Comeback Champion

Savannah’s Gene Sauers won the 2016 U.S. Senior Open after recovering from a life-threatening illness and several years away from the game

When Gene Sauers first got excited about being on the golf course, it was not with a club in his hand but a wheel.

“That little ol’ green golf cart was what got me going,” says Sauers, who became a major champion this year with a 2016 U.S. Senior Open win. “My dad and my older brother Bobby would wake me up and say, ‘Gene, we’re going to the golf course, you want to go with us?’ And I’d say, ‘Can I drive the golf cart?’ They’d say yes and boy, I jumped right up.”

Of course, Sauers’ father and brother would also teach the young boy about the game at the Savannah Golf Club. As he learned, Sauers experienced one of those magic moments in life.

Photo courtesy USGA. All rights reserved.

“One day I hit one so solid…you know, that feeling when you hit right in the center of the club face and it goes in the direction you want it to go,” Sauers says. “That’s when I got hooked.”

Playing well at junior tournaments and seeing his name in the paper gave Sauers an idea of what a professional golfer’s life would be like, and he decided he wanted that life. He gave his classmates at Benedictine Military School a laugh in the late ‘70s when he signed their yearbooks with “Gene Sauers (PGA Tour 1984).”

“That’s what I wanted to do,” he says. “It’s pretty amazing that whatever your dream is, you can do it.”

Sauers did indeed join the PGA Tour in 1984. Throughout his career, he had several top 10 finishes and won three times, always keeping his heart and his home in Savannah. In fact, Sauers played an integral role in the St. Joseph’s/Candler Foundations Pro-Am tournament in the 1990’s, helping to raise funds for advancements in technology and patient care.

Sauers’ third win came 13 years after his second and earned Sauers the 2002 PGA Comeback Player of the Year award.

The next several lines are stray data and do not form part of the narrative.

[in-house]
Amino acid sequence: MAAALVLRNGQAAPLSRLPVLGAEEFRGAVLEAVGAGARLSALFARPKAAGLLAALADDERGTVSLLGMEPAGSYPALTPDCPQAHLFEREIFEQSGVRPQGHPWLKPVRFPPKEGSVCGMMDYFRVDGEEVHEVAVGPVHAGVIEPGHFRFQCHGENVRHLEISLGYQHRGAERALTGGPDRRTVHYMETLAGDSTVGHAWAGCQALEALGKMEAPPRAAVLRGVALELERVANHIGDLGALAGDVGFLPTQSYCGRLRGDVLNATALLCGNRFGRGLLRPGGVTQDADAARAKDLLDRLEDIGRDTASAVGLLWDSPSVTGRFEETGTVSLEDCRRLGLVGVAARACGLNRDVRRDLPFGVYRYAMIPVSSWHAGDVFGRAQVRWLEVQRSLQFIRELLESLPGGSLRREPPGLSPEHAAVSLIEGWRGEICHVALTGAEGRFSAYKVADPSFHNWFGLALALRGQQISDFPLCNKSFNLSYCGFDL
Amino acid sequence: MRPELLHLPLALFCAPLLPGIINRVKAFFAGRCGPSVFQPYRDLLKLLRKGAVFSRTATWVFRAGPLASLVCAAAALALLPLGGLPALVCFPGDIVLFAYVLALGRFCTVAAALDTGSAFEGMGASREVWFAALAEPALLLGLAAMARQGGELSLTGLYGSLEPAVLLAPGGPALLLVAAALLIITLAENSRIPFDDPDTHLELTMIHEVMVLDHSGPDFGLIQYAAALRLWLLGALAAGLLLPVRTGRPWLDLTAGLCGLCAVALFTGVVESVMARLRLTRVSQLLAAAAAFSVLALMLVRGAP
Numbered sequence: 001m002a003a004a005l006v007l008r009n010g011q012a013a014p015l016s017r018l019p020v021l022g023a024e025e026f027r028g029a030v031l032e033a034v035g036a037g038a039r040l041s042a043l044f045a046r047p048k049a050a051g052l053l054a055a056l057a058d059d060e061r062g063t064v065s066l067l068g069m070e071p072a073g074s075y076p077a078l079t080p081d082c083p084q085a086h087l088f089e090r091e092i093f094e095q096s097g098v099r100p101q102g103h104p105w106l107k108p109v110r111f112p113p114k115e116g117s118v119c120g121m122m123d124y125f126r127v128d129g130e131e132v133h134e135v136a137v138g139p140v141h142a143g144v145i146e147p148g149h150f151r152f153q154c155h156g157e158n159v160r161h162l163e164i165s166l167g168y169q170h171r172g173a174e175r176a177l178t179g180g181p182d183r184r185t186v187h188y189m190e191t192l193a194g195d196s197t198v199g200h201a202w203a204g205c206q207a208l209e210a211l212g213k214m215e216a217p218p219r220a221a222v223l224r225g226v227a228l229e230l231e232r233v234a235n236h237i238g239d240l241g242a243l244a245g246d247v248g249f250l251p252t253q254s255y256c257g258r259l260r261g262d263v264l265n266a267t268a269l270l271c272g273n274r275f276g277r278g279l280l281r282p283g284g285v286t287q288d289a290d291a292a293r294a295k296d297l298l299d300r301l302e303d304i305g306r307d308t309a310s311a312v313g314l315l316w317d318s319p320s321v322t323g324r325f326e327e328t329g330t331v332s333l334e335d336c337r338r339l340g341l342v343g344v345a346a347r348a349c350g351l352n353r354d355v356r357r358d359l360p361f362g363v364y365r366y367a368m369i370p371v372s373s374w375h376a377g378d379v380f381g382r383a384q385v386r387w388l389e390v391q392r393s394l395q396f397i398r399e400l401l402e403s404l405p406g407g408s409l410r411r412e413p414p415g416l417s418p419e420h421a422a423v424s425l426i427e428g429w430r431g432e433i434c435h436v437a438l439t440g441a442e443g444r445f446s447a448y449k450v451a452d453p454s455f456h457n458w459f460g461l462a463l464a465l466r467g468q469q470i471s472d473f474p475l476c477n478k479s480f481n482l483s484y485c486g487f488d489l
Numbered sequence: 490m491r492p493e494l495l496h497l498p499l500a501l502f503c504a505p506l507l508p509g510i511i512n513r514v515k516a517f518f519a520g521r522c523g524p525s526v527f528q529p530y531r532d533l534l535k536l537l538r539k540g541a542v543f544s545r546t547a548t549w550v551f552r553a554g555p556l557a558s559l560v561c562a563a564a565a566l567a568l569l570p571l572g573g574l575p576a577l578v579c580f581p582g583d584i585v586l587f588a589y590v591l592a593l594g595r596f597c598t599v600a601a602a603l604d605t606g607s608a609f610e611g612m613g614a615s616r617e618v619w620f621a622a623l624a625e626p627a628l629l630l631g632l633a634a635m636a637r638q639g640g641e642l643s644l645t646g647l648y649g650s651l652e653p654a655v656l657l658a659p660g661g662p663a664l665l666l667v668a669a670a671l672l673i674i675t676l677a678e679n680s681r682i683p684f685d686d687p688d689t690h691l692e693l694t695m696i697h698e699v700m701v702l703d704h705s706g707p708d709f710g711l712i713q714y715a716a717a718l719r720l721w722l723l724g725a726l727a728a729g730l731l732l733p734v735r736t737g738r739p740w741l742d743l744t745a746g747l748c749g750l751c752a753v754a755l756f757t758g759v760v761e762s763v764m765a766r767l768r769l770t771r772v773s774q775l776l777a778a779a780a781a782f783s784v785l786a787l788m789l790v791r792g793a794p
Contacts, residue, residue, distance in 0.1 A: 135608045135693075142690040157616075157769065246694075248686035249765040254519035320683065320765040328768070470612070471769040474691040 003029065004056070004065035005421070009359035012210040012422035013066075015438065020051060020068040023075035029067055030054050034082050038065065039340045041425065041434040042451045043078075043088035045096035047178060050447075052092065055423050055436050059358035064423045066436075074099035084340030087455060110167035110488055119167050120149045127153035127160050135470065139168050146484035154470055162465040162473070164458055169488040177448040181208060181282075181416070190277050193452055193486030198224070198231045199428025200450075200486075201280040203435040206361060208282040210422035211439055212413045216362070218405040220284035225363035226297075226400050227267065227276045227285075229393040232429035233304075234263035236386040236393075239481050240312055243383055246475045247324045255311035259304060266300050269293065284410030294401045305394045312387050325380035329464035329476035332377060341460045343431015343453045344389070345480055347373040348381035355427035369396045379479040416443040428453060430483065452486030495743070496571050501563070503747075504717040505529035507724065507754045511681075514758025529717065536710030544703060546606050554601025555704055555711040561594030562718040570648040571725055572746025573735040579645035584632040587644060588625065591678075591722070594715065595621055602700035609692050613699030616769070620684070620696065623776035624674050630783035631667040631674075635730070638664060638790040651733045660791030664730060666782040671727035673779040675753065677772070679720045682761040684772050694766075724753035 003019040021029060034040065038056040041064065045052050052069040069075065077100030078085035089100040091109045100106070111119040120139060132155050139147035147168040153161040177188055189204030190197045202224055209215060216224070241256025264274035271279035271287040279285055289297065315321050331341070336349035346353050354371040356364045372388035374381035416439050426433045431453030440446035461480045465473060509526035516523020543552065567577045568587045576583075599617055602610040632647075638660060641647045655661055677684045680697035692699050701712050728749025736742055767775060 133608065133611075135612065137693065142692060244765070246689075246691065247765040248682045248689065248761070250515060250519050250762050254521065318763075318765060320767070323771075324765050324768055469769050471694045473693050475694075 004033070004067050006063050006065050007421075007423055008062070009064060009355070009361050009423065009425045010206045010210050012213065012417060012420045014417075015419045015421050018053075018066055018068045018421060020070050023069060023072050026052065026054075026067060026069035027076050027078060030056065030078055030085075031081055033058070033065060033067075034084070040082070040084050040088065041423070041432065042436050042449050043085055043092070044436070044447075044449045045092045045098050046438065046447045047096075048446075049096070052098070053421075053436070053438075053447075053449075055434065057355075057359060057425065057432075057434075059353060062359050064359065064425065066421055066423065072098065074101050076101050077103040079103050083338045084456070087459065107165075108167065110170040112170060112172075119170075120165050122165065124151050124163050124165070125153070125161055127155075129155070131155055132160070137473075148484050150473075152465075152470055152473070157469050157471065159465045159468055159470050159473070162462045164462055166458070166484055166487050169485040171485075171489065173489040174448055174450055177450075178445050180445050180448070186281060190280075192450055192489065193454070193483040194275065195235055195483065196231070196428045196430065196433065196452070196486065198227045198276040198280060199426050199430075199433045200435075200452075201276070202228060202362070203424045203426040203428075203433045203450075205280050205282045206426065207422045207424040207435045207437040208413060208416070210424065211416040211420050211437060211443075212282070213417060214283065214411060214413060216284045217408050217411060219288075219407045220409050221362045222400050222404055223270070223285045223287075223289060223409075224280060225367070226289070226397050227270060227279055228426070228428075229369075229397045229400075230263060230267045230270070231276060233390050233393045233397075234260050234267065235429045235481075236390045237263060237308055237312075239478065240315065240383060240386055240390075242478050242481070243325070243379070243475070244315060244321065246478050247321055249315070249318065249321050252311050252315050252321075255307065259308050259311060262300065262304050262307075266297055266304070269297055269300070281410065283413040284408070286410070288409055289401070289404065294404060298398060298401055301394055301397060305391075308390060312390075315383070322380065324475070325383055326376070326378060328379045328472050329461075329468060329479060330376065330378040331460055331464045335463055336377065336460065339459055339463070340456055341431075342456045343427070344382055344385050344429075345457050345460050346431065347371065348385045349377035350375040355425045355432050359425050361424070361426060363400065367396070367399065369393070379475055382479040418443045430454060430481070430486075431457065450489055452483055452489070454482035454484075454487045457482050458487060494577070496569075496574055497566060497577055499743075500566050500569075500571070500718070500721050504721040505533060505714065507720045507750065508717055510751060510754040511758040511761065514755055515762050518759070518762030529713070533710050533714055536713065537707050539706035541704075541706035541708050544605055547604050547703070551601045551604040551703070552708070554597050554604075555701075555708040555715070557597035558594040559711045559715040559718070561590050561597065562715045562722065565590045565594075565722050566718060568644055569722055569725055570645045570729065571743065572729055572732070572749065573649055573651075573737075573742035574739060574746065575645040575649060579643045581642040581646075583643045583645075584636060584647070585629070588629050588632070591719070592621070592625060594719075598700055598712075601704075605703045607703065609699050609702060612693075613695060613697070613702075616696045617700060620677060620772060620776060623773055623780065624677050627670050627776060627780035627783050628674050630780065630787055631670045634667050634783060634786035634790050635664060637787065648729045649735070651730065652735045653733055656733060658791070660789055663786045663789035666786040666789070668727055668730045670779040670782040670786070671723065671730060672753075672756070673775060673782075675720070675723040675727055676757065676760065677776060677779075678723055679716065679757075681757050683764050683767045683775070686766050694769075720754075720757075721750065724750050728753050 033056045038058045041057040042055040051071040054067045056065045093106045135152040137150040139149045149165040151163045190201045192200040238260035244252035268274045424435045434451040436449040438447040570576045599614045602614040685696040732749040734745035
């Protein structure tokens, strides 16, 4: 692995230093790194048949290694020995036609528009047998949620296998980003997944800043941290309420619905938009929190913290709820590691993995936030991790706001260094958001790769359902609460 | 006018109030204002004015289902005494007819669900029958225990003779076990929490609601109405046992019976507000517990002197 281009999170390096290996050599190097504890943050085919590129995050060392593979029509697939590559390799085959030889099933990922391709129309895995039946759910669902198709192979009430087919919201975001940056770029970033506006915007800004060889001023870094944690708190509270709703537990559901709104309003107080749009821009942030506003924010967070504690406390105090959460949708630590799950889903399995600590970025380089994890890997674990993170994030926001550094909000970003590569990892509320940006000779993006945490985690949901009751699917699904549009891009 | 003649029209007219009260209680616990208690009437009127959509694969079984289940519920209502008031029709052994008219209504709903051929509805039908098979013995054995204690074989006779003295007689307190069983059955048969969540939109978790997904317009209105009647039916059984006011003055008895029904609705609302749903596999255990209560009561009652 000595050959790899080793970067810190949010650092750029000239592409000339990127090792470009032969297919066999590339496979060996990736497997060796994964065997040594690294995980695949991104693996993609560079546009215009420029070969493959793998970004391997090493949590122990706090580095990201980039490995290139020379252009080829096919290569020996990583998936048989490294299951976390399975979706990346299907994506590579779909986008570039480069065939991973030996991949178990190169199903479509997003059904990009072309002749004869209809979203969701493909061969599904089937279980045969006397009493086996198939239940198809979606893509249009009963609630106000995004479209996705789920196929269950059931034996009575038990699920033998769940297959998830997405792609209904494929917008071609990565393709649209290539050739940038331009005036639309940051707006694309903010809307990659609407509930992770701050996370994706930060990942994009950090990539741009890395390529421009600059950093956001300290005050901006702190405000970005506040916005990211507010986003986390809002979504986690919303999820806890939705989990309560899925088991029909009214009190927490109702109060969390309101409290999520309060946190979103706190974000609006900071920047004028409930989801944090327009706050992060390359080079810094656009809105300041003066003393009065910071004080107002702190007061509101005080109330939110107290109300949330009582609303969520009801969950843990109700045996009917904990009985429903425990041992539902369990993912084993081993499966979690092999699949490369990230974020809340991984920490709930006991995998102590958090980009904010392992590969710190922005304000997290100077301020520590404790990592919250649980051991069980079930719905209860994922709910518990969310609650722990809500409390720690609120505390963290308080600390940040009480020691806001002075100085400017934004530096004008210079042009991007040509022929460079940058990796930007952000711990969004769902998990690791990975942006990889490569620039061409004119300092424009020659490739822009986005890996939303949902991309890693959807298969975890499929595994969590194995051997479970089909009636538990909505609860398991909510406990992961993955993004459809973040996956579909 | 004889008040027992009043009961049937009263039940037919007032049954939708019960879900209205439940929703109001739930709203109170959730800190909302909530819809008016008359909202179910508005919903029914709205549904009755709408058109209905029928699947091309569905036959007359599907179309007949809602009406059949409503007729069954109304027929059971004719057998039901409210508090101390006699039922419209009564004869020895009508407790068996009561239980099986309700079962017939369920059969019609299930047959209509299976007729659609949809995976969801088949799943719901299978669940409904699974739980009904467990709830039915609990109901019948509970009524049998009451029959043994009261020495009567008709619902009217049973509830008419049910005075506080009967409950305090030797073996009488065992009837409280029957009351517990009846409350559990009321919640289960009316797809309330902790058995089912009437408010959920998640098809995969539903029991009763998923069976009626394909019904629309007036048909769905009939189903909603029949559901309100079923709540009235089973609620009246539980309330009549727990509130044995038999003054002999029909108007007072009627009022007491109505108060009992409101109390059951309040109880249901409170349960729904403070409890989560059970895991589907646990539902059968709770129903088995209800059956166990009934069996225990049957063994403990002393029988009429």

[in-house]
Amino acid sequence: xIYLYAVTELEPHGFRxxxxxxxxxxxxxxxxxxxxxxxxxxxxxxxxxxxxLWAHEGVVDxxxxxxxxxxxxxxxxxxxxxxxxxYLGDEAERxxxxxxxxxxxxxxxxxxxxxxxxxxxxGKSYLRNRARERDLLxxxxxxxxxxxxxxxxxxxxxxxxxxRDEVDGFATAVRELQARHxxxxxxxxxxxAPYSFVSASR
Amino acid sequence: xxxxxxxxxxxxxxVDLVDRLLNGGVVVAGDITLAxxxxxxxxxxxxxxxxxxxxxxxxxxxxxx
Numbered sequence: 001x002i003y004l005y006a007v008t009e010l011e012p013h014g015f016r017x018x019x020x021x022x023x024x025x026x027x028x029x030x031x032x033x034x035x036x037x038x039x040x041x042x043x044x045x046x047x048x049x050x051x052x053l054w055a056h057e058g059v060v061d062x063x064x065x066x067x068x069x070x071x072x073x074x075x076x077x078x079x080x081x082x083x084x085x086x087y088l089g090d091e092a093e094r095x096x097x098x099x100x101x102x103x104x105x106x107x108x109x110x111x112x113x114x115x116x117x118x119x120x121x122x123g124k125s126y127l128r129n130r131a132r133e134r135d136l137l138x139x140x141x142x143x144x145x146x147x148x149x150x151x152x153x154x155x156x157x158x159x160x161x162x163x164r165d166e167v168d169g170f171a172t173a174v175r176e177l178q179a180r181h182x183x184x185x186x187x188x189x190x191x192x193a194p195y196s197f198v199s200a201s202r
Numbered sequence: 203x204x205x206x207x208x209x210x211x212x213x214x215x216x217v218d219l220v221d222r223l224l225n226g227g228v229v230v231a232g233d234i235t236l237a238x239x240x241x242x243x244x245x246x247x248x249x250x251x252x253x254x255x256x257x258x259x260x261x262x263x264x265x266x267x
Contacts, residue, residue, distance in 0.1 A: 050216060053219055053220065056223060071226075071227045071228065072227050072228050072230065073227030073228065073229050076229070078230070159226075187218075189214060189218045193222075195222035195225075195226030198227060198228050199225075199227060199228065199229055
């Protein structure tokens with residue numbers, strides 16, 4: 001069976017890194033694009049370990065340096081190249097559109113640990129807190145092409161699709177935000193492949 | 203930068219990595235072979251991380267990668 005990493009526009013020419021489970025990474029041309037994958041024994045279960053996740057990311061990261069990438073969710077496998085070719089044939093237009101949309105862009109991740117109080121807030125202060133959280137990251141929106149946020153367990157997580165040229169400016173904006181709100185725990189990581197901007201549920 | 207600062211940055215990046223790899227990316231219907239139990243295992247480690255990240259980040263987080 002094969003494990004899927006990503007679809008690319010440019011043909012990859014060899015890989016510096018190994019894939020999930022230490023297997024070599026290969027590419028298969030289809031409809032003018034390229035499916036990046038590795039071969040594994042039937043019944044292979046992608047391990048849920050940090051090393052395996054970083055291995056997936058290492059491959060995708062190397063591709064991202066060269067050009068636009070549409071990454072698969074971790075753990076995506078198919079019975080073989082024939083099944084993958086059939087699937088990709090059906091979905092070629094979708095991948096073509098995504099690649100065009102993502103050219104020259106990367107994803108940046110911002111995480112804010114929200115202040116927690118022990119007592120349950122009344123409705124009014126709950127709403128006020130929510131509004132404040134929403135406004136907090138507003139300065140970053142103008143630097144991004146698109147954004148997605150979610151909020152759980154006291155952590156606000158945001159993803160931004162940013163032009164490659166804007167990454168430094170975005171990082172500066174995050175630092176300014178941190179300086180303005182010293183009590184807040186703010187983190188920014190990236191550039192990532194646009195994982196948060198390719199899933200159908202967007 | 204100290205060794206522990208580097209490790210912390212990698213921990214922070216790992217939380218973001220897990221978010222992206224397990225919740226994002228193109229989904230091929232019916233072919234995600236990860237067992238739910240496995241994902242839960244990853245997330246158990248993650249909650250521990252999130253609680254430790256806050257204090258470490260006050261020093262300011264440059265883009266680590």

But he had no idea what kind of a comeback he was about to face.

By 2006, the demands of professional golf, like constant travel and being away from his family in Savannah, had burned Sauers out on the game. He stopped playing and thought he was done with golf. In 2009, he began to suffer symptoms of what he thought might be rheumatoid arthritis. Doctors ruled that out along with other possible diseases such as lupus.

Then his wife noticed a strip of black skin underneath his arm. By the time he was in treatment, the damage had spread to more of his arms and also his legs. Finally diagnosed with Stevens-Johnson syndrome, a rare but life-threatening skin condition, Sauers required several skin grafts and was hospitalized for seven weeks.

“That was the worst seven weeks of my life,” Sauers says. “It was brutal.”

Unable to leave his hospital bed, Sauers’ mind started returning to one thing: playing golf again.

“Every time I’d close my eyes, I pictured this golf swing in my mind,” he says.  “I thought, ‘This is what I’m going to do when I get better.  This is how I’m going to swing when I get out of here.’”

Sauers dreamed of playing professionally again but he had a long way to go.

“I had to go through a lot of physical therapy and try to get strong again,” Sauers says. “At first, I couldn’t hit a pitching wedge 20 yards, that’s how stiff and weak I’d become.  And my weight was down to 140 pounds.”

Sauers started out hitting 2 or 3 balls in his backyard. Then 5 or 6. Then 8.

“It took about three months for me to be able to tee it up again,” he says. But once he did, he surprised even himself.

“I played at the Ford Plantation and shot a 71,” Sauers says. “I birdied 2 of the last 3 holes. And this was after years of not touching a golf club. I knew I had to give professional golf another shot.”

Sauers joined the Champions Tour (now officially named the PGA Tour Champions) in 2012. He received a warm welcome back from all the other players on the tour.

“It made me feel at home,” he says.

The U.S. Senior Open is one of the five major championships in senior golf. This year it was played at Scioto Country Club in Upper Arlington, Ohio. Sauers actually found the very difficult course to be an advantage.

“I’m better on harder golf courses rather than the easier ones that become a putting contest,” Sauers says. “I just concentrated on hitting fairways and greens, finding opportunities for birdies, and trying to limit mistakes.”

Sauers plan worked and had him tied for first on the 18th tee of the final round. His steely par putt sealed the tourney and he was soon holding a major championship trophy.

“It’s still unbelievable,” Sauers says. “But it just goes to show that the mind can do wonders. Your mindset can break you, or it can make you a champion.”

Sauers says that after what he’s been through, he is a prime example of how setbacks can be overcome.

“Whatever it is that you want to do…be a golfer, a doctor, or whatever your dream is….you have to believe in yourself,” he says. “Set goals, try to achieve them, and keep fighting every day. Put everything forward and just go out and do it.”

 

Photos courtesy USGA. All rights reserved. 

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